Sansa Stark/Daenerys Targaryen Picture: HBO

If you do not want any spoilers for Game of Thrones, you might want to stop reading right here (although I’ll do my very best to not go into detail). But I’d really love for you to take a moment and think about why you admire–or hate–the strong, independent female GoT characters.

Caralena Peterson wrote a brilliant article explaining why she thinks it’s time we learned all the important lessons from GoT and started to admire real-life female politicians as much as we admire our fantasy heroines from the Seven Kingdoms. And I’m so with her, in general. Peterson is correct when she highlights how much hate women face in politics and how they are confronted with misogynist nonsense during their campaigns. But is the portrayal of brave, independent women in the series really going to help us value female leaders more? I think the opposite is true.

Most of the female lead characters are shown as intelligent, but stubborn. The stronger they get, the more limited their choices of personal freedom. They are not considered normal due to their actions, and more than one doesn’t exactly fit into society very well. While we should strive to overcome the clichés that Peterson rightfully cites in her article—for example women are more emotional and therefore unfit for diplomatic careers—most of the female characters in GoT have been emotionally crippled or broken before they achieve their goals. Their will to power stems purely from emotions, while men are mostly “doing the right thing” and dying for virtues such as loyalty, friendship or fulfilment of their duties. That doesn’t exactly help modern feminism a lot. Adding to that, Sansa, Arya or Cersei literally walk over dead bodies to get what they want, and it somehow becomes their signature thing. Murder by a woman is, even in bloody GoT, still way more emphasized than the thousands of corpses dropped by heavily armed men. And of course, the more powerful those women get, the more lonely and obsessed with their power they become (um, hey Daeny…).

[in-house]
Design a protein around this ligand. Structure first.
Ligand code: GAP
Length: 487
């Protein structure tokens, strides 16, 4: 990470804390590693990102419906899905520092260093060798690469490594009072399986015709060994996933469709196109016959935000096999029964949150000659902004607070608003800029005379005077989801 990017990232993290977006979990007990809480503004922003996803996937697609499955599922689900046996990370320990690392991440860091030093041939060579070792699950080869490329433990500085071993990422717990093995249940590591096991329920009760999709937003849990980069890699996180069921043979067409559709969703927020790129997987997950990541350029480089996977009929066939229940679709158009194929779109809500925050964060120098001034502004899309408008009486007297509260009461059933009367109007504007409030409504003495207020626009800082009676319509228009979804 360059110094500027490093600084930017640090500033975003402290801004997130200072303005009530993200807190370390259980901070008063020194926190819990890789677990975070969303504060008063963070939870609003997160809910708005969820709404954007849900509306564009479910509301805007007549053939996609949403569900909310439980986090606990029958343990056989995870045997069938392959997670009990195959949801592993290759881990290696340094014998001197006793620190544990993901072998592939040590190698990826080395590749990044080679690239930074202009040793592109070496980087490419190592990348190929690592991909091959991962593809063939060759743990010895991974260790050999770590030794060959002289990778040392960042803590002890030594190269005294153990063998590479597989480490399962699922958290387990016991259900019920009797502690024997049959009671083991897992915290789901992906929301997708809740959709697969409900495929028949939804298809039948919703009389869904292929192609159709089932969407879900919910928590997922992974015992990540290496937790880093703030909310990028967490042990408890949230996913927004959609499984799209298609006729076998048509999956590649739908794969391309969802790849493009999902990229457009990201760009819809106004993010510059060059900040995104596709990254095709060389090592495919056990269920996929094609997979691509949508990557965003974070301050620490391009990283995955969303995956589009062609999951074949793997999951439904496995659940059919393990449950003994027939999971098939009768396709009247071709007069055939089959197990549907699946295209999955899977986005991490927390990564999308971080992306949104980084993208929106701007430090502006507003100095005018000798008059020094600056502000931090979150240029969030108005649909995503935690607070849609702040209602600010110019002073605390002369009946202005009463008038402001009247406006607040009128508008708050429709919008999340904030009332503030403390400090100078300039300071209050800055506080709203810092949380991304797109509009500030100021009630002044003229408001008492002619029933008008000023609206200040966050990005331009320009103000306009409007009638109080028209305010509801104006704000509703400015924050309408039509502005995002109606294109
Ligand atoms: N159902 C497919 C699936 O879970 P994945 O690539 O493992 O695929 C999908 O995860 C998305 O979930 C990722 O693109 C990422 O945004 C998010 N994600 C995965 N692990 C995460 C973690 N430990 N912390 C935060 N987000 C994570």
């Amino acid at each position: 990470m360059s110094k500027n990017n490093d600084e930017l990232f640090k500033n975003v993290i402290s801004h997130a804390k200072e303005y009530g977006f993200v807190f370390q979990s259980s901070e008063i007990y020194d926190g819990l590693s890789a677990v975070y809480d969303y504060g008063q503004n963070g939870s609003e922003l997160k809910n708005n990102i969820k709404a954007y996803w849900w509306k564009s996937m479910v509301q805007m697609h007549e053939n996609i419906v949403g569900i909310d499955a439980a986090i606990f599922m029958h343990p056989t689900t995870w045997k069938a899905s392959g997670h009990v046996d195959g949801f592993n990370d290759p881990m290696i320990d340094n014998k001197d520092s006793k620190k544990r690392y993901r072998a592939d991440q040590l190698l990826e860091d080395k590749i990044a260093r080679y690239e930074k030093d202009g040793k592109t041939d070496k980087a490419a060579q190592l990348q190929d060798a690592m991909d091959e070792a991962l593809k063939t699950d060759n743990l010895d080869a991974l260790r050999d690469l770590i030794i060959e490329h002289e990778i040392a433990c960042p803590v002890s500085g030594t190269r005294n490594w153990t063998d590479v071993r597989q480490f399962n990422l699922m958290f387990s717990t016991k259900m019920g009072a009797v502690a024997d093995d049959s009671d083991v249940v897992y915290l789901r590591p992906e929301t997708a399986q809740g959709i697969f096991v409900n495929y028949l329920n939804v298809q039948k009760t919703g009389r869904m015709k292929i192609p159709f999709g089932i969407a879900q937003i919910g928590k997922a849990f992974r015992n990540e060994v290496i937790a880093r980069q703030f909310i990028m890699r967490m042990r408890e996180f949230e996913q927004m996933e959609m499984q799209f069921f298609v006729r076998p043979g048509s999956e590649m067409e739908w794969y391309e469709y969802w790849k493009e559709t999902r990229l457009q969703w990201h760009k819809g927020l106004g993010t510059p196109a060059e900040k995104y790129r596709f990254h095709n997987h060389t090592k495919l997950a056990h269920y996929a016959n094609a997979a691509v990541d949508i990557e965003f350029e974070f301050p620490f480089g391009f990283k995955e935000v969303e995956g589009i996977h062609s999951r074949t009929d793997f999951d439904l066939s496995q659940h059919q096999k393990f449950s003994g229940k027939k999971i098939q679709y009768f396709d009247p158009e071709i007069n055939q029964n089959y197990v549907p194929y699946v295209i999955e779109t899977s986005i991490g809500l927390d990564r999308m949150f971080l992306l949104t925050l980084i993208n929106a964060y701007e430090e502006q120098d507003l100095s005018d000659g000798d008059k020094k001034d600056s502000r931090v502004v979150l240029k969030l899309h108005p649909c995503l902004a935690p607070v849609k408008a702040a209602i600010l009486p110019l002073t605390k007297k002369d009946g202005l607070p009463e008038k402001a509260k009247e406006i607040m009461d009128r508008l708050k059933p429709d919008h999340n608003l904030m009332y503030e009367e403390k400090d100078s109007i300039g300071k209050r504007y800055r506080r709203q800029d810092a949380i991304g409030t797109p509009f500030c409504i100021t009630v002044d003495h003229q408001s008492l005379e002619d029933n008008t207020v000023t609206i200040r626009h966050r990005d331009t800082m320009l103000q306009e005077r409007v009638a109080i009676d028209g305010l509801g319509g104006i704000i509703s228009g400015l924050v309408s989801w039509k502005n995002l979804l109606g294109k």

You could boil it down to one sentence: There only seem to be two kinds of women – those huddled together in the Stark family crypt, unable to do anything despite their wits and brains, and those willing to butcher whatever crosses their path, and be it their own family. The only characters without any hidden agenda that we know of are Sam, Tormund, Jon Snow and Brienne (who, again, tries to act and look like a man as much as she can possibly manage). Ok, that might make them a little less interesting–but hey, at least we know what we’re at, right?

And that’s my main point of critique when it comes to GoT, which I admittedly binge watch and looove. This series perpetuates a cliché that deserves to die more than the Night King: any woman in power will stop at nothing to survive and must be a Machiavellian, conniving, cold-blooded, disingenuous witch. It’s this, or death. And now think of the nasty backlash Hillary Clinton faced. Does that ring a bell?

Please, George R. R. Martin, can your next book feature a heroine that is not broken, brutal or bonkers? Much appreciated. Thank you.

-Kristina Kraemer
Junior Editor
Girl News International

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